The Moon is a fascinating celestial body, and its features are no exception. The lunar surface is dotted with craters and broad maria, but the cracks and channels, known as rilles, add a unique touch to the already intriguing landscape. The rilles are Latin for "Rima" or "Rimae" if there are multiple cracks in the surface. This view of the Moon showcases three of the four different types of rilles.
At the center of the image is the 220 kilometer long Rima Ariadeaeus, which cuts diagonally across the Moon's surface. This rille is an example of a linear rille and is created by tectonic faults in the lunar crust. Linear rilles, like Rimae Hypatia, are also visible near the famous Apollo 11 landing site on Mare Tranquillitatis.
To the northeast of Ariadeaeus lies the Rima Hyginus, which appears in the shape of a gull's wing. This rille is an example of a volcanic rille and the small crater at its center, Hyginus crater, is one of the few craters on the Moon that is not of impact origin. Instead, Hyginus crater is a volcanic collapse pit and a number of smaller volcanic pits can be seen along the length of Rima Hyginus.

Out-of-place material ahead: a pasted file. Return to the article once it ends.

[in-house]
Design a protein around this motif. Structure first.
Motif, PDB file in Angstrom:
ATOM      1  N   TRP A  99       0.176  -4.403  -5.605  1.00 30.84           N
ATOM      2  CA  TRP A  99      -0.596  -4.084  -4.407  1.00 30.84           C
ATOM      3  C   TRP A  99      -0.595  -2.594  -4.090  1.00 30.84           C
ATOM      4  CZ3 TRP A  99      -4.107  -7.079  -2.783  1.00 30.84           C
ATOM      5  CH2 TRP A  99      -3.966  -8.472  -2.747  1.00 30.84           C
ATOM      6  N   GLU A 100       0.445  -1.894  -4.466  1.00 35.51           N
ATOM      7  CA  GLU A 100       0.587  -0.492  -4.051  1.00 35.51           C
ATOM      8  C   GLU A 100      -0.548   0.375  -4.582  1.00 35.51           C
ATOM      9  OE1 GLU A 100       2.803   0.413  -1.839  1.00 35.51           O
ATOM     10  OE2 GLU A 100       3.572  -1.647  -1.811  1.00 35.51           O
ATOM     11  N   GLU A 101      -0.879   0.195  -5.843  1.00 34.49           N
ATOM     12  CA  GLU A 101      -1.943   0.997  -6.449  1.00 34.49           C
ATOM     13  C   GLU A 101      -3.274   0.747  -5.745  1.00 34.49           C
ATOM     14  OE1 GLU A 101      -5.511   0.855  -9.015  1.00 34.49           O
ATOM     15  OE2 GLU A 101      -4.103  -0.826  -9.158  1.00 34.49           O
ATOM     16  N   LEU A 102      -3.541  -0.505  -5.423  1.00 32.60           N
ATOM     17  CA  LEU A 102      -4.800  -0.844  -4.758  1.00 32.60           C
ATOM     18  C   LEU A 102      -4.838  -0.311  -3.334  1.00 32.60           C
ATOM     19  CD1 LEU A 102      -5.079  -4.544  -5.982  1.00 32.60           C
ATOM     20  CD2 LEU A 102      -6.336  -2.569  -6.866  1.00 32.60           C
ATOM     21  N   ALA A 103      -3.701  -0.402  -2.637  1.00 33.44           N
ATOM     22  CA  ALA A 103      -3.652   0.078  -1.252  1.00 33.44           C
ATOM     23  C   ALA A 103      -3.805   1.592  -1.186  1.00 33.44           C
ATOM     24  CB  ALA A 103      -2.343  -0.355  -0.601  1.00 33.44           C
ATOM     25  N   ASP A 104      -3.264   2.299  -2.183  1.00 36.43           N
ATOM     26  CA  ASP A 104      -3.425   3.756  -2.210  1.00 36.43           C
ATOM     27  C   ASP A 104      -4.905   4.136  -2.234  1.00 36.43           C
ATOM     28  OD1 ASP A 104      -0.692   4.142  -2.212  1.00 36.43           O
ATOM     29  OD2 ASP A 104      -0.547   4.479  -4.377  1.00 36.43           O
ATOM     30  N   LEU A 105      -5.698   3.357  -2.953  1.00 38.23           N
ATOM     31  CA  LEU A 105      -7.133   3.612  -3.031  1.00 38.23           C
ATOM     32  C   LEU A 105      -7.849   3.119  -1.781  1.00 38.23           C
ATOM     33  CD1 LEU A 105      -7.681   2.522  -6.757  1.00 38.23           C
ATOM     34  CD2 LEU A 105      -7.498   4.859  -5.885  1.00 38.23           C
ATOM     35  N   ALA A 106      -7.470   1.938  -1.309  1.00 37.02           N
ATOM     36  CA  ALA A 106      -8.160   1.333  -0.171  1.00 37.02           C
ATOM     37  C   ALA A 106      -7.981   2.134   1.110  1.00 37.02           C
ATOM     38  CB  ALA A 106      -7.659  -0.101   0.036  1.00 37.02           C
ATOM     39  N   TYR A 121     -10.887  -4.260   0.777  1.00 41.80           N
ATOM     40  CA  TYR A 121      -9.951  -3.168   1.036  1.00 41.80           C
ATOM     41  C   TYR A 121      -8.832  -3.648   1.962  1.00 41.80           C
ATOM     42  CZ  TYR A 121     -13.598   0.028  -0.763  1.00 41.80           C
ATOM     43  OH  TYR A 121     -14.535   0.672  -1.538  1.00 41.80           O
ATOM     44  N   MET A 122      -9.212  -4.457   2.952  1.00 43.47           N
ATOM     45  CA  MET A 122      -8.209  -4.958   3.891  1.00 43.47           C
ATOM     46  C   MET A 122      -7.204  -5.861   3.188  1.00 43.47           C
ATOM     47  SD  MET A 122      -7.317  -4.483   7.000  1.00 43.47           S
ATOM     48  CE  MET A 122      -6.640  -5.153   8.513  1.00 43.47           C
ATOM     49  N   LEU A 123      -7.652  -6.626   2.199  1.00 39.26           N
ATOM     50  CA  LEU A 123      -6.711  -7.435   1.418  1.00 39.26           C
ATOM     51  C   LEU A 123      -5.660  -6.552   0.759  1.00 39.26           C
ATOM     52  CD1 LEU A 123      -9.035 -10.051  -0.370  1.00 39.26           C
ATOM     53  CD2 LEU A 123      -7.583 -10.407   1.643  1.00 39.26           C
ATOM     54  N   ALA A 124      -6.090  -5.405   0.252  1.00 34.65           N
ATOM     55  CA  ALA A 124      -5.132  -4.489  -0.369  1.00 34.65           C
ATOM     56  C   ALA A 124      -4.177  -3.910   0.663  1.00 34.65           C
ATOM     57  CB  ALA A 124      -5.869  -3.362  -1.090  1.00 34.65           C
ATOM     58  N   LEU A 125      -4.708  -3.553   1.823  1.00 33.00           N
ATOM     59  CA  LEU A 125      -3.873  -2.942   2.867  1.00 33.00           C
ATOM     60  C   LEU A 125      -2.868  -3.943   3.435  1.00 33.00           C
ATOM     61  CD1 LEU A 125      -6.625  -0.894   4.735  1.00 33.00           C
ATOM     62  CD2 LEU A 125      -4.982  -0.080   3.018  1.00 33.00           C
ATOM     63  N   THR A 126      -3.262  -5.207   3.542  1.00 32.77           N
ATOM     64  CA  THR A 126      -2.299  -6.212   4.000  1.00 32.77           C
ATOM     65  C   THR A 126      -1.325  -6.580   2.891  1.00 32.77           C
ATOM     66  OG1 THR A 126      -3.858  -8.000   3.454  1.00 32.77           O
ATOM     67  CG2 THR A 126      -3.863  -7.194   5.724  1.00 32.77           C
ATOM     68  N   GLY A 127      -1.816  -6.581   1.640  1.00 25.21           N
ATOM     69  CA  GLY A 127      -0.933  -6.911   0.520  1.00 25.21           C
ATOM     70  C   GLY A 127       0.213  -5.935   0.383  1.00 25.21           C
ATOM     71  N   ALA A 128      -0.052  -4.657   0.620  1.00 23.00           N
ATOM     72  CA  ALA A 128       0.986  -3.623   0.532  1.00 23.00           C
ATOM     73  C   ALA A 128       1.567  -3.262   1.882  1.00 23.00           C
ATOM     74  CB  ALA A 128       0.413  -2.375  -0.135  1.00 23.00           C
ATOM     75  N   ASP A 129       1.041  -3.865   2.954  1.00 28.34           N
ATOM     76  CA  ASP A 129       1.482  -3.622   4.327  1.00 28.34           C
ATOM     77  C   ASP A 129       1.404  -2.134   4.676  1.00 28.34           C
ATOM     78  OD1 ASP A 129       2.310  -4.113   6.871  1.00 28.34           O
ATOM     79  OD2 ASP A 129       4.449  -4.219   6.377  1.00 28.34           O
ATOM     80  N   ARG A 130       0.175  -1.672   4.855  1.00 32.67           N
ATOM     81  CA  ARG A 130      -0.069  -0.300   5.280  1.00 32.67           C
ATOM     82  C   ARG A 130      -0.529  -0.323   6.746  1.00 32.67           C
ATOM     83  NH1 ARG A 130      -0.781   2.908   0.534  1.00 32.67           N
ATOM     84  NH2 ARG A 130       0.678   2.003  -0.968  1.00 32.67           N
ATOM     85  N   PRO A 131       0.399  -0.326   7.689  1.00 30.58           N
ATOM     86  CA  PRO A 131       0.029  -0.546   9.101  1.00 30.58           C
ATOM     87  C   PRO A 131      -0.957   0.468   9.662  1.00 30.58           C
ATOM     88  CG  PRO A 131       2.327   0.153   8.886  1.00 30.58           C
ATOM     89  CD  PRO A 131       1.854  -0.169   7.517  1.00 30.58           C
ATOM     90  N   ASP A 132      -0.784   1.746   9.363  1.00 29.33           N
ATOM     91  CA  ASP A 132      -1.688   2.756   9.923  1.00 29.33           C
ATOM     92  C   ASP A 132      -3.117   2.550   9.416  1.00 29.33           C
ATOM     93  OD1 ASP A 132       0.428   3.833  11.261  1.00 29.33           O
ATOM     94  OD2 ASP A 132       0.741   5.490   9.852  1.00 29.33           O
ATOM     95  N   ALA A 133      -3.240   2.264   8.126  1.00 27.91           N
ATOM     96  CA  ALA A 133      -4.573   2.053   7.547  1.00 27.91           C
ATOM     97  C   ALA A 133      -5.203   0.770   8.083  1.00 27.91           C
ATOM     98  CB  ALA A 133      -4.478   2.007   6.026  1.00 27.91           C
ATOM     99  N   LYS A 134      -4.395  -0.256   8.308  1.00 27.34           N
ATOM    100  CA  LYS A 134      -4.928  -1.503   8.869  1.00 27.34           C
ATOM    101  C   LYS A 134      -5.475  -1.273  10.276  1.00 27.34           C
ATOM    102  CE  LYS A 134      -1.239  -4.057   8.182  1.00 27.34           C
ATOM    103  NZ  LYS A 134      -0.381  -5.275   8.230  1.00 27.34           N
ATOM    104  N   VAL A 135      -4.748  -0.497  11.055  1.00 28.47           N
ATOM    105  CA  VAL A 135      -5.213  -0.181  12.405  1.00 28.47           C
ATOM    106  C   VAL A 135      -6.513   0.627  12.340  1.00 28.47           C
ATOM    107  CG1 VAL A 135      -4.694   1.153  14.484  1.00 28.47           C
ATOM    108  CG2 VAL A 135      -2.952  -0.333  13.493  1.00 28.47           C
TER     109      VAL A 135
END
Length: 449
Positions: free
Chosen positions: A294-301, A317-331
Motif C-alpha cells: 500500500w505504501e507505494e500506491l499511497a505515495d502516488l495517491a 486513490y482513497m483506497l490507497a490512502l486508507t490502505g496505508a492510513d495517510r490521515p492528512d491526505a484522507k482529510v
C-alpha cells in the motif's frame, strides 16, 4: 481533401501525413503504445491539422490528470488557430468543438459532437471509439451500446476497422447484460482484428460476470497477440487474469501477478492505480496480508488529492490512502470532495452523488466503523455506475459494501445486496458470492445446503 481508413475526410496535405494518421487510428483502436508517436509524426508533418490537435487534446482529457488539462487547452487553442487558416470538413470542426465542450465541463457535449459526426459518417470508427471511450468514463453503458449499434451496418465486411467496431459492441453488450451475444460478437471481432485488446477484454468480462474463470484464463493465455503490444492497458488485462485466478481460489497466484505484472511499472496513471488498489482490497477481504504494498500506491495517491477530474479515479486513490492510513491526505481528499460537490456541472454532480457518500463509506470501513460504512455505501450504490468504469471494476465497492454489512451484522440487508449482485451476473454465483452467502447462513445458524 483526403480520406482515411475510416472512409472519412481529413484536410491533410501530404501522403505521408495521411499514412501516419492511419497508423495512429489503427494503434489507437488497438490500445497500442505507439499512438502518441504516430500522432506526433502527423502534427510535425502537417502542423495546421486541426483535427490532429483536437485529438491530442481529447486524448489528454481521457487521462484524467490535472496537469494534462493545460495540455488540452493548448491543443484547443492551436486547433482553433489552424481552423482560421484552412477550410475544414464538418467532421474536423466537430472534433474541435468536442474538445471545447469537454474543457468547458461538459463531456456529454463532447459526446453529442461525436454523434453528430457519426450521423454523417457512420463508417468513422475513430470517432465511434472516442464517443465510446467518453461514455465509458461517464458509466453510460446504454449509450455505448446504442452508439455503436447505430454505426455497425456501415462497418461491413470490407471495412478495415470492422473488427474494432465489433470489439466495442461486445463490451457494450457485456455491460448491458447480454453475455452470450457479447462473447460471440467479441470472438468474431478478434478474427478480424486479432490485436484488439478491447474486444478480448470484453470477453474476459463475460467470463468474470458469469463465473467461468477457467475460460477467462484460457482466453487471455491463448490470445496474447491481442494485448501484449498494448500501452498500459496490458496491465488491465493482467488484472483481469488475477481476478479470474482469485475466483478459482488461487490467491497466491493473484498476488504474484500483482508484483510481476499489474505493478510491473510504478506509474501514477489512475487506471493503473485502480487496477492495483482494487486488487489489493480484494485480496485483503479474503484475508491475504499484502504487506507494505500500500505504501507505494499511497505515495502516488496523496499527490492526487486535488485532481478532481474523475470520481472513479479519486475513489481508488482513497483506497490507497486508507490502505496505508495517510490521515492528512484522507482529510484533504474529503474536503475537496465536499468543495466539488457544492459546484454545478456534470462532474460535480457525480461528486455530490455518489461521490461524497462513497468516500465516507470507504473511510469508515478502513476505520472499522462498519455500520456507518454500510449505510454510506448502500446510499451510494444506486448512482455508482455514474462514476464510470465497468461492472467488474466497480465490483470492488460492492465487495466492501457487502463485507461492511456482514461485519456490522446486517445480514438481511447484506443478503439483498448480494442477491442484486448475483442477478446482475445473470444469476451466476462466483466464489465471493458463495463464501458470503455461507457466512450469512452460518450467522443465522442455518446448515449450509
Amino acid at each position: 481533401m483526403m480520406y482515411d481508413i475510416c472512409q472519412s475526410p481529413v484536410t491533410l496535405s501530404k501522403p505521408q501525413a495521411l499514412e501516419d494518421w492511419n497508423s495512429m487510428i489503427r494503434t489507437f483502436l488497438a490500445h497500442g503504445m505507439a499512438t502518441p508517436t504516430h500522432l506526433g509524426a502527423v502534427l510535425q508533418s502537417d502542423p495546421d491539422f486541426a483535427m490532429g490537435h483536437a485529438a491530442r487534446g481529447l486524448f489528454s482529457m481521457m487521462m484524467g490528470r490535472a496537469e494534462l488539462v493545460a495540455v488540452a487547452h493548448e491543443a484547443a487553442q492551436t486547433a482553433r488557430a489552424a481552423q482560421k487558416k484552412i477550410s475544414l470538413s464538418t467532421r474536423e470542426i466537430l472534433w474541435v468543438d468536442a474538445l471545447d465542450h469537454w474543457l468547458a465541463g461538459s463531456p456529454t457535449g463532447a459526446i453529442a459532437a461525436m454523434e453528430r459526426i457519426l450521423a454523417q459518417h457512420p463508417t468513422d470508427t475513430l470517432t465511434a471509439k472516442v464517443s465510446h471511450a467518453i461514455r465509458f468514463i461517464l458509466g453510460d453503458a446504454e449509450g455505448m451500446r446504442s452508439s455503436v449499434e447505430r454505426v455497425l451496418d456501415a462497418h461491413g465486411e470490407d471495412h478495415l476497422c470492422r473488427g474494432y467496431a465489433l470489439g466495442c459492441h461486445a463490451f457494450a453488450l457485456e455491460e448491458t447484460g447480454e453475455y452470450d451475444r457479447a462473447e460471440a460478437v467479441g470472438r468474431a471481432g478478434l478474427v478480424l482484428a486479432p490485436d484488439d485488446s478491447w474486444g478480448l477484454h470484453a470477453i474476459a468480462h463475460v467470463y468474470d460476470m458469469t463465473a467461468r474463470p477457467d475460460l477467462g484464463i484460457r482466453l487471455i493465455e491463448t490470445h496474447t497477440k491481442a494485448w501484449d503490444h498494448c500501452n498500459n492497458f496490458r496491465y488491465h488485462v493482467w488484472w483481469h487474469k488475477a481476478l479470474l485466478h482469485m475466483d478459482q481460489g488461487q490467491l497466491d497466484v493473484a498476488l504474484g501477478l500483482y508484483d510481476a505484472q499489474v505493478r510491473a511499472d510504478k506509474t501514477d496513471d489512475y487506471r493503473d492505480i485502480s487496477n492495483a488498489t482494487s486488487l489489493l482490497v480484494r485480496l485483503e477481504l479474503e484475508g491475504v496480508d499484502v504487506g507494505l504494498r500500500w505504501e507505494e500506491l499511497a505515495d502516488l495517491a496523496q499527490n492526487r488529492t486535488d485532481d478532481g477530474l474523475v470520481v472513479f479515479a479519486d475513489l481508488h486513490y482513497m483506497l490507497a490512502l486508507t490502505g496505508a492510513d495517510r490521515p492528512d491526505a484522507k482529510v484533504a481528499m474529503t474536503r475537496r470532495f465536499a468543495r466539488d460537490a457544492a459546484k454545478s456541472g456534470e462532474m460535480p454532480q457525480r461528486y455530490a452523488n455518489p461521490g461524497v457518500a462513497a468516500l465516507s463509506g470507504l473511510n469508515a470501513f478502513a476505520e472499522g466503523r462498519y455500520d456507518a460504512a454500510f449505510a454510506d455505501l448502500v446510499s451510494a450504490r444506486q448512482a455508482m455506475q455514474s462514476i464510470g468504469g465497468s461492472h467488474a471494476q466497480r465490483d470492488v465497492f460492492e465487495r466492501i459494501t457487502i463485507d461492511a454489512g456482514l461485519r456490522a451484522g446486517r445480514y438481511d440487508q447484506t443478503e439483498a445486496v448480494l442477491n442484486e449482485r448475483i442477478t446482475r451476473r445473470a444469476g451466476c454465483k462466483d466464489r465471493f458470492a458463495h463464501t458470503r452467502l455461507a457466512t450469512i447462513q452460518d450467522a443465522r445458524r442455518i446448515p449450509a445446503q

Finally, the tangled jumble of Rimae Triesnecker is an example of irregular branching rilles. These features add an element of mystery and intrigue to the lunar surface, and future missions to the Moon may help shed light on the formation and evolution of these fascinating features.